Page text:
Just a few tumultuous months later, Fort Sumter in South Carolina was attacked, and President Lincoln called up 75,000 troops to protect the nation’s capital. Federal troops traveled to Washington DC via two railroads: the Northern Central Railroad and the Philadelphia, Wilmington & Baltimore Railroad. Both railroads stopped in Baltimore, a Southern sympathizing city, before continuing to Washington. After two days of federal troops passing through the city, violence broke out between Baltimoreans and the soldiers, mostly men from the 6th Massachusetts Regiment. As an attempt to quell the violence, Maryland Governor Thomas Hicks met with Baltimore Mayor George W. Brown and Baltimore City Police Marshal George Kane and passed an order to destroy railroad bridges and telegraph wires to prevent federal troops from entering the city. Isaac Trimble destroyed the bridges along the PW&B Railroad, and Captain J. G. Johannes destroyed bridges on the NCR at Melvale (near Cold Spring Lane) and Relay House (near Lake Roland).

Diary entry, Dickinson Gorsuch III, 1861Gorsuch-Mitchell Papers, MS 2733, Box 2,, MdHS.

Diary entry, Dickinson Gorsuch III, 1861Gorsuch-Mitchell Papers, MS 2733, Box 2,, MdHS.

John Merryman (1824-1881), PP272.1.09, MdHS.

John Merryman (1824-1881), PP272.1.09, MdHS.

John Merryman of the Baltimore County Horse Guard traveled further north to destroy telegraph wires and burn bridges along the NCR in northern Baltimore County. Merryman was arrested and imprisoned at Fort McHenry for the destruction along the NCR. His imprisonment and Lincoln’s suspension of the writ of habeas corpus led to one of America’s most famous legal opinions in ex parte Merryman by another Marylander, Roger Brooke Taney. Dickinson Gorsuch, also of northern Baltimore County, wrote in his 1861 diary on Saturday April  20: “Awful excitement in Baltimore Massachusetts troop and Baltimoreans (sic) in fight yesterday. Military called out…” and again on Sunday April 21 “I come home from Baltimore in carriage. The bridges are burnt on the railroad . . .  terrable [sic]excitement in Baltimore. Military out all the time. troops camping at Cockeysville from Penn ai [sic]”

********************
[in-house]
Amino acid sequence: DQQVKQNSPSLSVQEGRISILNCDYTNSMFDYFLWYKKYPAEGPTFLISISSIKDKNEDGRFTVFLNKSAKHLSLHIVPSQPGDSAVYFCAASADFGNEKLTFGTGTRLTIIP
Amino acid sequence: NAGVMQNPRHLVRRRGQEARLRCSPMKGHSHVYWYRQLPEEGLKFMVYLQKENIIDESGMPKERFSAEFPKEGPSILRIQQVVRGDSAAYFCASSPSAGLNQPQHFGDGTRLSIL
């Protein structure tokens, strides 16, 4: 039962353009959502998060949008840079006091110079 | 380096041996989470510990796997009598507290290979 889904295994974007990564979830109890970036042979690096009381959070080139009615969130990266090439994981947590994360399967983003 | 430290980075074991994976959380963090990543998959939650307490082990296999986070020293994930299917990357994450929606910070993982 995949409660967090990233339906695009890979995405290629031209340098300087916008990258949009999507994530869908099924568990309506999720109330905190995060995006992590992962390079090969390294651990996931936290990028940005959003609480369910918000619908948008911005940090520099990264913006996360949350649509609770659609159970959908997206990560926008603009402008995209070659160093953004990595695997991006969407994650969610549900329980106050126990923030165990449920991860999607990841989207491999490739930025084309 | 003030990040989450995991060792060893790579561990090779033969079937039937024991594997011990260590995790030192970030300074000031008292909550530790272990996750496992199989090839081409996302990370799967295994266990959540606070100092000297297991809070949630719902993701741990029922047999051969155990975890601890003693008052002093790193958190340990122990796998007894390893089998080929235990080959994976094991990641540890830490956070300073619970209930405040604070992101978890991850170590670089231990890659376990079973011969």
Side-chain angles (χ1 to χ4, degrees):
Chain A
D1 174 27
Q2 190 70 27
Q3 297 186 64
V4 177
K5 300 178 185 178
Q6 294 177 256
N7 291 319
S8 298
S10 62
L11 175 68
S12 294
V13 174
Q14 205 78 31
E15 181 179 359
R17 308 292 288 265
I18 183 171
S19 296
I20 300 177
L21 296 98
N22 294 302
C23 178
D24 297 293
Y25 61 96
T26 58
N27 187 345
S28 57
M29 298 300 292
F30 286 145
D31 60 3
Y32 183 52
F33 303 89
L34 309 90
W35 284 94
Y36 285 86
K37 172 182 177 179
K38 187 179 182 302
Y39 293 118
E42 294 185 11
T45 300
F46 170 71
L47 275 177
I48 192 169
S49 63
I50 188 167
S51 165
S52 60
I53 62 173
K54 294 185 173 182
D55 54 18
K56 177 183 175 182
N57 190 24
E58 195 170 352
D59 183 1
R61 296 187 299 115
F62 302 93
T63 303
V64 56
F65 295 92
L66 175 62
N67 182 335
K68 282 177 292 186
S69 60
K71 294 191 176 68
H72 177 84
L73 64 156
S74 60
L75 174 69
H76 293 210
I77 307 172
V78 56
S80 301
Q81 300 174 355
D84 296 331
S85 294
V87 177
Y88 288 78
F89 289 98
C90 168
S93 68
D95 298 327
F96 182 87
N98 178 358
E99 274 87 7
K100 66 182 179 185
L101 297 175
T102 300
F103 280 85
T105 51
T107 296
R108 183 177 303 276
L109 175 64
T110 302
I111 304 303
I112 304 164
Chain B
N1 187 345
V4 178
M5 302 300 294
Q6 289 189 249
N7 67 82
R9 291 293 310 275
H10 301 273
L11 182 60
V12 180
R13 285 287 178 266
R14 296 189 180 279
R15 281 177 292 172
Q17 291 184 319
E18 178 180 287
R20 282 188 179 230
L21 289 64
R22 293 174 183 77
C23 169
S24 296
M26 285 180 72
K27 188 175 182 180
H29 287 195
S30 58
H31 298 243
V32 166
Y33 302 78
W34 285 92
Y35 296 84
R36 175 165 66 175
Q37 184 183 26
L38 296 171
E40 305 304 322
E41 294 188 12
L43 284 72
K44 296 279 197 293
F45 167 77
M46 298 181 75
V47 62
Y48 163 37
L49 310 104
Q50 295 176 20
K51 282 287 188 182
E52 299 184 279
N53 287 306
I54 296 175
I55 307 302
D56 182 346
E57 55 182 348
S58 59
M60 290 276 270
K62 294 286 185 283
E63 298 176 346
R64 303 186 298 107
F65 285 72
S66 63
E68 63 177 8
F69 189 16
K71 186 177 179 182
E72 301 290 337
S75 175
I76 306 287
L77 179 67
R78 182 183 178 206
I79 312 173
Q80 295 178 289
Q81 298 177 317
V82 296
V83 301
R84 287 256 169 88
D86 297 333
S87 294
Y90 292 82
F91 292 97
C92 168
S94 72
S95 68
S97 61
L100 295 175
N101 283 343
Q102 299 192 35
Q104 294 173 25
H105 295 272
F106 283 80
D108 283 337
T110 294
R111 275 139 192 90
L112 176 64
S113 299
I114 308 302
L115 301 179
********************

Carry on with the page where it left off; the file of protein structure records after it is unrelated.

Bridges were destroyed – either wooden planks were burned or iron trestles were torn up – from Melvale on the edge of  Baltimore City through the Maryland line. Reports differ on exact locations or number possibly because many bridges had multiple spans. The 1861 Annual Report for the Northern Central Railroad only lists the Burns’ bridge specifically that was destroyed on April 19, but the next line itemizes damage for other bridges destroyed that same day costing $19,983.18

A month after the destruction, the railroad reopened despite the war. Benjamin H. Latrobe Jr. travelled to  Pittsburgh via the NCR and described his experience to his wife Ellen:

“Pittsbg, May, 17/61

My Dearest Ellen

I arrived here without accident or detention yesterday morning at one oclock. The Northern Central RRd from the Balto to the Penna line was well guarded with Penna troops placed at every bridge + some other points. I was not subjected to any question whatever + but for  this display of military + for the [evidencies] of the Late bridge conflagrations on the ro ad I shd not have known any difference between this + former journees over the same road…”

Latrobe, Benjamin H., Jr to Ellen [Latrobe], 1861 May 17, MS 1638 B. H. Latrobe Papers, MdHS.[detail]

Latrobe, Benjamin H., Jr to Ellen [Latrobe], 1861 May 17, MS 1638 B. H. Latrobe Papers, MdHS.[detail]

The NCR was a major asset to the Union during the Civil War. Troops and supplies moved safely between Washington DC and Baltimore to northern cities. And for the average civilian, transportation was unimpeded during the war. The NCR Company made money and was able to not only maintain the line, but to add a second track. In 1863, other parts of the NCR line that connected in Carroll County saw some damage during the Battle of Gettysburg, but not the lines in Baltimore County. In November of that year, Abraham Lincoln again traveled on the NCR to a new cemetery in Pennsylvania to give a small speech at a dedication ceremony that eventually became known as the Gettysburg Address.